Manafort and Russians Visited Julian Assange Multiple Times According to New Report
As Paul Manafort faces yet more legal troubles after it was reported yesterday that he has lied to investigators, breaking the terms of a plea agreement, a new report from The Guardian indicates that he had closer ties to Julian Assange than originally thought.
According to The Guardian the former Trump campaign manager paid three separate secret visits to Julian Assange in the Ecuadorian embassy in London. The visits reportedly took place in 2013, 2015 and around March of 2016, around the same time that Manafort took a job as campaign adviser for candidate Trump.
The timing of the final visit has almost certainly garnered the attention of special counsel Robert Mueller who has been tasked with investigating ties between the Trump campaign and Russia. The March 2016 date is key because, not only did this come around the time that Manafort was brought on to the campaign as an adviser, but it preceded the release by Assange and Wikileaks of thousands of Democratic emails stolen by Russian intelligence officers, which took place in the months to follow.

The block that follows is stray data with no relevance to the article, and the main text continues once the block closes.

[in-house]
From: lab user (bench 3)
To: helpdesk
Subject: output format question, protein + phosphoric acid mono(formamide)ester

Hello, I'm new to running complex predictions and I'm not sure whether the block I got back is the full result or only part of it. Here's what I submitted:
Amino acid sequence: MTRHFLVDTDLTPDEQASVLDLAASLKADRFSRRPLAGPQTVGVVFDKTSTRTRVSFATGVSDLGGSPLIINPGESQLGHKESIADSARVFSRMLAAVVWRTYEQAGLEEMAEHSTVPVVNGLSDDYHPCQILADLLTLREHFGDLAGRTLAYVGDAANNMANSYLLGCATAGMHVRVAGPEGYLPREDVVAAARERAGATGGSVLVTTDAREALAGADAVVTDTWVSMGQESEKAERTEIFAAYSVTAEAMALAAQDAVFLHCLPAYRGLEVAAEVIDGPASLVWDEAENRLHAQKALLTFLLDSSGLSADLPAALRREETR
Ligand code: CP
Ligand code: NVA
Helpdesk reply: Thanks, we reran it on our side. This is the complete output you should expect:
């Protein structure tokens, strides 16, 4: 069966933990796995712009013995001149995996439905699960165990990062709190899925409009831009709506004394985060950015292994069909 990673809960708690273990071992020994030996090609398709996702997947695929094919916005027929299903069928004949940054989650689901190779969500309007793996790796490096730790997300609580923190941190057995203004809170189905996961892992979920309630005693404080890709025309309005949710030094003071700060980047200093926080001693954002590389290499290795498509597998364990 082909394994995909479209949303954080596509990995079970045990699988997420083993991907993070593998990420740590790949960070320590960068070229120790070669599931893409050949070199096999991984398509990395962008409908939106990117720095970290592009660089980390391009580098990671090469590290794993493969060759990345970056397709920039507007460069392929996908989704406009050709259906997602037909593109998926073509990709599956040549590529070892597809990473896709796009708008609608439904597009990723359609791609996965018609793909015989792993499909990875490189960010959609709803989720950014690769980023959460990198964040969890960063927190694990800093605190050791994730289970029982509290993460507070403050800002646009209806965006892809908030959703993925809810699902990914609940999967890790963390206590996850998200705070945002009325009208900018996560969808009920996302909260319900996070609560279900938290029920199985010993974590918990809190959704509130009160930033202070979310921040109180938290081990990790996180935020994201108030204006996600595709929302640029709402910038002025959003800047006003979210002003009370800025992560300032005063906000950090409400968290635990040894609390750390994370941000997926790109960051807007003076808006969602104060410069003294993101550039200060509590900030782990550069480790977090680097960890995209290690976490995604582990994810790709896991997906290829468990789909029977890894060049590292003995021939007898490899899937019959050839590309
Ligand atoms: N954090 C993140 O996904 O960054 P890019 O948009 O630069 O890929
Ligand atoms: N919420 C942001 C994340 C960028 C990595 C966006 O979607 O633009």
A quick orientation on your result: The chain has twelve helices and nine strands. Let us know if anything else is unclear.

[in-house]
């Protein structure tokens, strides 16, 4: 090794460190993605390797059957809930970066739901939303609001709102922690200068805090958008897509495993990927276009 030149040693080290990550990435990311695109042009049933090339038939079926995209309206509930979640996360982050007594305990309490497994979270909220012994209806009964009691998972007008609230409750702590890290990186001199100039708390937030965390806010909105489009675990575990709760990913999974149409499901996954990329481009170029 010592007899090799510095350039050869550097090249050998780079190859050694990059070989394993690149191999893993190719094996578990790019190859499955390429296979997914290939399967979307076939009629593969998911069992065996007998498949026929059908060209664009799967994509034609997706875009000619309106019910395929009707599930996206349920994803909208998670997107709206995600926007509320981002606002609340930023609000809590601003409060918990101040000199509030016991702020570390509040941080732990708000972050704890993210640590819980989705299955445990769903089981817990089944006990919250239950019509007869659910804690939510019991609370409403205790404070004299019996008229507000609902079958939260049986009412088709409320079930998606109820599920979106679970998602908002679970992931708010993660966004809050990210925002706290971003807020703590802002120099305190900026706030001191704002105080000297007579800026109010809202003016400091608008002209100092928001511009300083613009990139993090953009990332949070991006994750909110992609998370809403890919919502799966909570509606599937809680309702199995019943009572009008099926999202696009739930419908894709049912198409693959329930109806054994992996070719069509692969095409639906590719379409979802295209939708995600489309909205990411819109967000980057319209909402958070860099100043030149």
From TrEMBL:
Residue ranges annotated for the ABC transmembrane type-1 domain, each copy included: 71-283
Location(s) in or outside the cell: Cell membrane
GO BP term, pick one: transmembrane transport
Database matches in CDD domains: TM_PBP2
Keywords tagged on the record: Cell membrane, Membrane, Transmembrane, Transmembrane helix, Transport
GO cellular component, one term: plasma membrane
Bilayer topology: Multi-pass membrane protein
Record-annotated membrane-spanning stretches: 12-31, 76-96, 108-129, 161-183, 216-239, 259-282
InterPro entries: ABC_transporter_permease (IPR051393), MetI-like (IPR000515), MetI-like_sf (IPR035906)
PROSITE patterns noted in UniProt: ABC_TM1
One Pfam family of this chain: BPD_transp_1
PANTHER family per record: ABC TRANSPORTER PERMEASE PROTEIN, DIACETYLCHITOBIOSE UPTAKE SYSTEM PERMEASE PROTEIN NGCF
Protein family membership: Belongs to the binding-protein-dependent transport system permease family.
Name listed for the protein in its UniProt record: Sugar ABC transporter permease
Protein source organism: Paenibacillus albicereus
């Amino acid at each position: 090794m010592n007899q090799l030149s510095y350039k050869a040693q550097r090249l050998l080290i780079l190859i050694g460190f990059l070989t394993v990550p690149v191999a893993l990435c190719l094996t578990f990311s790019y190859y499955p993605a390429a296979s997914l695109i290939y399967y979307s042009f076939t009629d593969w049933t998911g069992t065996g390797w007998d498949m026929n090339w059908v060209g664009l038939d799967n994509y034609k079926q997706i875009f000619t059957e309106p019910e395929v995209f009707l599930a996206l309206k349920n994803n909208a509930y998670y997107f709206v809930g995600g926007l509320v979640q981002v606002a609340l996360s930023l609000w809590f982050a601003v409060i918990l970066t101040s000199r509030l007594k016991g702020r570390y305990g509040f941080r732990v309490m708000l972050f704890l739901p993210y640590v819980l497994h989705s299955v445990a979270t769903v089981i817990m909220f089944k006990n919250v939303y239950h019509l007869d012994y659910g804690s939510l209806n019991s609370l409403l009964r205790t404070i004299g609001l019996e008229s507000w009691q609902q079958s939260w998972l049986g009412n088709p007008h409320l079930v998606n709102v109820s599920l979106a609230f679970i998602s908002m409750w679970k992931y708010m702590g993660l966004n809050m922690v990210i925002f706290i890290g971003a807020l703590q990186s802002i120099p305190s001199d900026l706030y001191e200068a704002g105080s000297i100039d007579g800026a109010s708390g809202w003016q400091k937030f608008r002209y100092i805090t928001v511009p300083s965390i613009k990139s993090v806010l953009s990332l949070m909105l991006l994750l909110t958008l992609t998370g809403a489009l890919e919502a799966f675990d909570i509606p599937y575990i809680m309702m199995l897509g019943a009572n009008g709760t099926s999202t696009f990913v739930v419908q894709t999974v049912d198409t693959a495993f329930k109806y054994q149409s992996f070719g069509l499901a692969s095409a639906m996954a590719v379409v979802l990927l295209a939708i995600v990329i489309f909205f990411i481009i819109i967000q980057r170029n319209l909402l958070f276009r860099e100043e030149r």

The Guardian has also gotten ahold of an internal document written by Ecuador’s Senain intelligence agency, which clearly lists Paul Manafort and “Russians” as well-known guests of Mr. Assange.
Usually visitors to the embassy are logged. However, in this case Manafort never did sign in and proceeded to meet with Assange for approximately 40 minutes, according to reports. It wasn’t until later that the significance of this visit opened the eyes of those working within the embassy.
When one steps back and looks at the bigger picture, a picture which includes Assange’s meeting with Russians at the embassy, Trump adviser Roger Stone, and Donald Trump Jr’s communications with Assange, and the fact that Manafort met three times with Assange, quite a clear picture of possible collusion to release emails that summer quickly develops.
With hints that both Assange and Stone are, or will soon be the subjects of indictments, and Manafort breaking his recent plea deal by lying, the big picture appears to further develop for investigators.